Study conducted by ocean scientists on tropical cyclone activity

Will a tropical cyclone occur in the Bay of Bengal this October-December? It might, if there is a cooling of the western Pacific Ocean due to La Nina phenomenon. And the good news is that it could be predicted a few months in advance.

A study conducted by ocean scientists on the tropical cyclone activity between 1993 and 2010 during La Nina and El Nino events has found that El Nino/La Nina-Southern Oscillation (ENSO) significantly influenced the frequency, genesis and intensity of cyclones in the Bay of Bengal.

According to M. Ravichandran, Scientist and Head, Modelling and Ocean Observation Group, Indian National Centre for Ocean Information Services (INCOIS), and one of the authors of the study, as many as 20 cyclones, out of which 10 were quite severe, had occurred during La Nina years, while nine were in El Nino period.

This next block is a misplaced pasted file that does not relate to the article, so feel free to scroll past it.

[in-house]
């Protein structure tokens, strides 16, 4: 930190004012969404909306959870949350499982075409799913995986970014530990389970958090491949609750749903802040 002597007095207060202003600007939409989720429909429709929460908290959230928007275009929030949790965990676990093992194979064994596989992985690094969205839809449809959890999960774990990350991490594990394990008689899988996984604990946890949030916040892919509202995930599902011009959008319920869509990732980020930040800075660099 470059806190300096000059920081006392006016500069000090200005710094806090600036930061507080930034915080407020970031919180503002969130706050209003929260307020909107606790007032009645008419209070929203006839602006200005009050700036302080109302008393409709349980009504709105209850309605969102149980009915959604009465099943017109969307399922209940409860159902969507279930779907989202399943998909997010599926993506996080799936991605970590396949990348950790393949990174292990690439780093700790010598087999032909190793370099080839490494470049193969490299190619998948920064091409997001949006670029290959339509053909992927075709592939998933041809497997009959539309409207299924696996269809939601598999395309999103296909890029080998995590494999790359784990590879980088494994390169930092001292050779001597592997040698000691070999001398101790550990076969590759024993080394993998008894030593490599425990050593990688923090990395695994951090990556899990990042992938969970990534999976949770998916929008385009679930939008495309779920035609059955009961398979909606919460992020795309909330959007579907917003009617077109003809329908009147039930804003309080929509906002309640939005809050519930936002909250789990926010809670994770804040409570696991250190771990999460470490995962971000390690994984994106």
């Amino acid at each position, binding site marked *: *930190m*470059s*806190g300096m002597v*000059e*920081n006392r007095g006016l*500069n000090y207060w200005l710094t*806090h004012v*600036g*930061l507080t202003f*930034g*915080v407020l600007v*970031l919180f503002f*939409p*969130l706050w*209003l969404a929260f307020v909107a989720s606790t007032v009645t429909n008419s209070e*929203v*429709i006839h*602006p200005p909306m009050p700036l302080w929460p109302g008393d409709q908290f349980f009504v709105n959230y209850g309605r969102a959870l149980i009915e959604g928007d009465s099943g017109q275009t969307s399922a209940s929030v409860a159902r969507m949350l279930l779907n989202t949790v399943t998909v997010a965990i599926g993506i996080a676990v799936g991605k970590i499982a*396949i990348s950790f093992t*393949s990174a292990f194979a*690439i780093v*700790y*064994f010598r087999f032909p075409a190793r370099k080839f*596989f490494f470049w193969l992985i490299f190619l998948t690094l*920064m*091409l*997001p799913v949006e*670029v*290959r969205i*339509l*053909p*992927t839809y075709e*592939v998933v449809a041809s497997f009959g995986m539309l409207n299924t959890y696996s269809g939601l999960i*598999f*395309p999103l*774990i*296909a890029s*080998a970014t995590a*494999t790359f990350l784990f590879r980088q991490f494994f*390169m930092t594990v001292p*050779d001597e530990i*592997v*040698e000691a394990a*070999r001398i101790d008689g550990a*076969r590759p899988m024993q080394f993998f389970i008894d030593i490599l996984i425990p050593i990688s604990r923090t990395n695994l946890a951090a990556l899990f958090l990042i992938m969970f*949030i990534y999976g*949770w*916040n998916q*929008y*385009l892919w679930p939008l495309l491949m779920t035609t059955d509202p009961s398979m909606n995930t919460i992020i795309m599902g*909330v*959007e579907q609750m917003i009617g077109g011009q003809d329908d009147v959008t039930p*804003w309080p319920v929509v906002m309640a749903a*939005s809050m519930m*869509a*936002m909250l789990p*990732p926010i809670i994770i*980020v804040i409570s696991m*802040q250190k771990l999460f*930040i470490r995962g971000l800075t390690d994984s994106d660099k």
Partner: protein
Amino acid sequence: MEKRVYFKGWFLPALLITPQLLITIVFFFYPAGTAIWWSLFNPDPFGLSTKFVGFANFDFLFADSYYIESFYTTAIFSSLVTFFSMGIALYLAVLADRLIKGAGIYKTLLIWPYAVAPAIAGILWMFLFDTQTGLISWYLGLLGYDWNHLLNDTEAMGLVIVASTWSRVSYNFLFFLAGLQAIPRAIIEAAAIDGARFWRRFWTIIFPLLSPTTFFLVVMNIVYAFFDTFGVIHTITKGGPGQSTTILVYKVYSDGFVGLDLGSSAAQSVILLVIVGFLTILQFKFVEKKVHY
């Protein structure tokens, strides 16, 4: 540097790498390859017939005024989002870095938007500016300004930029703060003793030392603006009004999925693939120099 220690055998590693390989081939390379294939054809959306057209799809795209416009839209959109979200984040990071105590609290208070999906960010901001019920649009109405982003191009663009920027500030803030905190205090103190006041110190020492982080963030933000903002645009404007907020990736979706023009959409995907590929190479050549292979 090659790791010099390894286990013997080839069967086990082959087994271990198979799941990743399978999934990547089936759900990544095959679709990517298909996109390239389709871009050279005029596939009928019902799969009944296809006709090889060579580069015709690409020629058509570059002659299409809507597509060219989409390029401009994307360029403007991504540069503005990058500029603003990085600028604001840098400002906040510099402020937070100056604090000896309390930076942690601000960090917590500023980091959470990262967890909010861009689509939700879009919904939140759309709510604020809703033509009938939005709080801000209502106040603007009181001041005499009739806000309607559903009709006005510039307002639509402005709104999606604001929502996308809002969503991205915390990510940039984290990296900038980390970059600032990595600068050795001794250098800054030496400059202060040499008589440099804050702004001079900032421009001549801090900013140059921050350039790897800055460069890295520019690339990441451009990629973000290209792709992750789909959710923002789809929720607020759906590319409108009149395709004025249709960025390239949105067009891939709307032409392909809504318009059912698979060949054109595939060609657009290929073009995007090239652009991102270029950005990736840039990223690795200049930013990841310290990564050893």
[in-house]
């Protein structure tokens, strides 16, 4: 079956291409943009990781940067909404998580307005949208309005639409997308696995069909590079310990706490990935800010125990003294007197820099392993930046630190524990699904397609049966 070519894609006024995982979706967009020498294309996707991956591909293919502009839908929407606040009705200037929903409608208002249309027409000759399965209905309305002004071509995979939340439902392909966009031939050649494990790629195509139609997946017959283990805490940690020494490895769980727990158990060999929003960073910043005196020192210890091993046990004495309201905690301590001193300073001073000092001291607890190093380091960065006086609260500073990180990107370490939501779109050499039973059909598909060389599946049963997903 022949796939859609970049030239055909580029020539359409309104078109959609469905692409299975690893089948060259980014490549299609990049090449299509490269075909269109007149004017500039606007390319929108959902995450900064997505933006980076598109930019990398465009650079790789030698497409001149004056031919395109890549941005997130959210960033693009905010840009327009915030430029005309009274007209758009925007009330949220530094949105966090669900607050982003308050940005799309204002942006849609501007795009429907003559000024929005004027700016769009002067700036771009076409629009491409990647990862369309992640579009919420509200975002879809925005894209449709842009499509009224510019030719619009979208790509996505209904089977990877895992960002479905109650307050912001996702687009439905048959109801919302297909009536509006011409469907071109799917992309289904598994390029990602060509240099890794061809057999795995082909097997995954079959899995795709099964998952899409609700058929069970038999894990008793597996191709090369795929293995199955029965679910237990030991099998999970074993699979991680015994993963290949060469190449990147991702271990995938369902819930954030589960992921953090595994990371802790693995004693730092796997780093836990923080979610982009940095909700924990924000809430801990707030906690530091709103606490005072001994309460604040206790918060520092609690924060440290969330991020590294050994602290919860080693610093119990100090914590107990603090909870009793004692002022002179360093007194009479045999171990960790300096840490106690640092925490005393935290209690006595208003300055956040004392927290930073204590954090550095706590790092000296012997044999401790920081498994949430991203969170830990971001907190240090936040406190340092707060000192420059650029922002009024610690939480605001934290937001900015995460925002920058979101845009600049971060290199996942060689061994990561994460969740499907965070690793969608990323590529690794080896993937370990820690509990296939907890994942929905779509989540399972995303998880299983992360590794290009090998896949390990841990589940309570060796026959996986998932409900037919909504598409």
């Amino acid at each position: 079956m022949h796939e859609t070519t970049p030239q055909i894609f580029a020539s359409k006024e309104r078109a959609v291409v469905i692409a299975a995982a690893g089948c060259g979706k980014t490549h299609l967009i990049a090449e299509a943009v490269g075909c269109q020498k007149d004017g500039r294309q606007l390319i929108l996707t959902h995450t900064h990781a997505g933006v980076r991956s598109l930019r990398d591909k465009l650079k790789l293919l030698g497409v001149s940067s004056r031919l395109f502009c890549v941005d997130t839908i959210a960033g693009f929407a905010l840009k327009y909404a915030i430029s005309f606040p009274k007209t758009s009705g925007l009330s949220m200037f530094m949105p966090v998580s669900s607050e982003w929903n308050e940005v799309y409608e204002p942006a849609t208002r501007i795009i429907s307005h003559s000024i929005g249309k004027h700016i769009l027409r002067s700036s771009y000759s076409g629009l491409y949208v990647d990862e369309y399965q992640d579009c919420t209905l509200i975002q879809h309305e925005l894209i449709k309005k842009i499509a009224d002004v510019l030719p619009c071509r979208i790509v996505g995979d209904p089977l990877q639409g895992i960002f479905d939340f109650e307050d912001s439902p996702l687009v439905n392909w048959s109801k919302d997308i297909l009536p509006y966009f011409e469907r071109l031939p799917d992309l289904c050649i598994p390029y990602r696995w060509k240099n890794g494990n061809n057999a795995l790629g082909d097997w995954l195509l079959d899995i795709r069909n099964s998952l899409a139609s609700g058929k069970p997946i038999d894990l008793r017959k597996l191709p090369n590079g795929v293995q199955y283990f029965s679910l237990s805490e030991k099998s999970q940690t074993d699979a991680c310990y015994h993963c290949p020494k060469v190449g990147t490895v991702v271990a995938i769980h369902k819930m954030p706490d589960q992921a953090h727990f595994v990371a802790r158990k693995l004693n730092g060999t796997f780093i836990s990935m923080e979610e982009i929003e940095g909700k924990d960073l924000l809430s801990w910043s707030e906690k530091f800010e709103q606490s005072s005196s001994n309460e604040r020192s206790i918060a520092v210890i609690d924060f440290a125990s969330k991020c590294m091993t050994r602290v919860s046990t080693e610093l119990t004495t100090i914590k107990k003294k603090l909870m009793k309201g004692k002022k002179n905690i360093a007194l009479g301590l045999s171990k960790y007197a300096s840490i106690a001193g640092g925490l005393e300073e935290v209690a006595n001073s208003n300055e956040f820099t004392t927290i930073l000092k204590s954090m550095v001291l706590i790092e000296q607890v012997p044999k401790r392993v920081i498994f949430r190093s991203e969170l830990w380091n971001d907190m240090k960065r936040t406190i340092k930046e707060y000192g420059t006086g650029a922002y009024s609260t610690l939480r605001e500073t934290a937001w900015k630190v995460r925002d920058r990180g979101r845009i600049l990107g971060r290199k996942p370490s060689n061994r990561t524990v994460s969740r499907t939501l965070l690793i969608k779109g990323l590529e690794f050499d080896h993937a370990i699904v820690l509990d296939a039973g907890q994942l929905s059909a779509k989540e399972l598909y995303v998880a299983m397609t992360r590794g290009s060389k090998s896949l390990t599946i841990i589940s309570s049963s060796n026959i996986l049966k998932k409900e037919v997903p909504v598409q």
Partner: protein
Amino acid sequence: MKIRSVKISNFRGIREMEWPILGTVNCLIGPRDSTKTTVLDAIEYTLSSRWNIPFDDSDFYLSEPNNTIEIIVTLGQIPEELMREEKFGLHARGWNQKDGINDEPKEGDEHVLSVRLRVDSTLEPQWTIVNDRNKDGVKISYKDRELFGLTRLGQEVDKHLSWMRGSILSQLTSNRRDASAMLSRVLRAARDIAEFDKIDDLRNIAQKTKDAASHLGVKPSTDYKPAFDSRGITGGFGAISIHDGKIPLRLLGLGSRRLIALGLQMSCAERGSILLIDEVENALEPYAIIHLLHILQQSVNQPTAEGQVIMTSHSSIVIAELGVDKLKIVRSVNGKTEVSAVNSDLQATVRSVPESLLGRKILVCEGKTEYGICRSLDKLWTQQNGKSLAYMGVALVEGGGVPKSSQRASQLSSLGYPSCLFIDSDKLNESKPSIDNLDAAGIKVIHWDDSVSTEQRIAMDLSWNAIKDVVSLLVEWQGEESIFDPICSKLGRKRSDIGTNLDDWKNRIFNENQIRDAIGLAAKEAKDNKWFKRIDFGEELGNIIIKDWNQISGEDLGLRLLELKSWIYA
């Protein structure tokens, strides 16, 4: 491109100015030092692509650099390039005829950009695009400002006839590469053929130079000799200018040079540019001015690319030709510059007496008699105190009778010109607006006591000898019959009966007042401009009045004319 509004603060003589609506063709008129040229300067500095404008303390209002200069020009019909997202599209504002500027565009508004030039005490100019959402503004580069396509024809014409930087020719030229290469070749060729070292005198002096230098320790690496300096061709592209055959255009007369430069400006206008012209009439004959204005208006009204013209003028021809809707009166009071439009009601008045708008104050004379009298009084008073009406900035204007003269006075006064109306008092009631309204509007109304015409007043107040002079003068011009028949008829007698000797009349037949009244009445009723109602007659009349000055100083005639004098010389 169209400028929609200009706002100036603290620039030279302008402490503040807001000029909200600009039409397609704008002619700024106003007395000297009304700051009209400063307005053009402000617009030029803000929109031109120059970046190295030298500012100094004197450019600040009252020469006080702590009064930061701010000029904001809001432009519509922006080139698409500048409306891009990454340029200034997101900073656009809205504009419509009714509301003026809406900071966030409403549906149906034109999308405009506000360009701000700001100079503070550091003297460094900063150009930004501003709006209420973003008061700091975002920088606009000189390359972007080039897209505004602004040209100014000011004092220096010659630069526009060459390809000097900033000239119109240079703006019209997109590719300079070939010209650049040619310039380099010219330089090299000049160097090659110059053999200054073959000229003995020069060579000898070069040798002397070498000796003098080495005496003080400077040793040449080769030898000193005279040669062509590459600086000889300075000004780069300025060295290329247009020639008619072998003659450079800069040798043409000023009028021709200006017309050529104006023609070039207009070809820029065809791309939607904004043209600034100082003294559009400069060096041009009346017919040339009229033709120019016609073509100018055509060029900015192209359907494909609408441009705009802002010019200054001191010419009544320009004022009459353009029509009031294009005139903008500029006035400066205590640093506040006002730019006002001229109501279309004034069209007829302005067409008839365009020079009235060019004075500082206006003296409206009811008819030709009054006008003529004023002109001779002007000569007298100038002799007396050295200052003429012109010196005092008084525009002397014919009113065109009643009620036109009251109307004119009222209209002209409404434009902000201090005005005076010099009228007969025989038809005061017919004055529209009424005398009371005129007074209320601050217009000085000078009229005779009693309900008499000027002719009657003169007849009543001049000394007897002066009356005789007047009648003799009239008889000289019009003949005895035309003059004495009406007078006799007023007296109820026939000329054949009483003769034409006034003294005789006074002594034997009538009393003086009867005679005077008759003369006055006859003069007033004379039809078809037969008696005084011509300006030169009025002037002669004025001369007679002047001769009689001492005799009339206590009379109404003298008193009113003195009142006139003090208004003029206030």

He said that while the eastern side of Pacific was normally cold and the western side warm, the condition gets reversed during El Nino, affecting the climatic condition and monsoon patterns in many continents.

Wind direction

It was found that the wind direction in the Pacific changed during La Nina time resulting in an increase in the speed of winds blowing from Africa to Indonesia during the cyclone season.

This increased speed led to piling up warmer water in Indonesia and made Bay of Bengal warmer.

With ocean getting heated up the intensity of the cyclones increased. “

Now it is clear that intensity of heat in the ocean will also increase the intensity of cyclones,” he said.

Apart from observing pronounced tropical cyclone activity during La Nina, the scientists found that the genesis location shifted to 87 degrees East in the Bay of Bengal.

The study showed that La Nina had a greater tendency to trigger intense tropical cyclones than the El Nino.

Dr. Ravichandran said that in the next three four months the scientists would be in a position to indicate whether the cyclone season this winter would be intense depending on who rules the Pacific Ocean – El Nino or La Nina. The study co-authored by M S Girishkumar was published in Journal of Geophysical Research.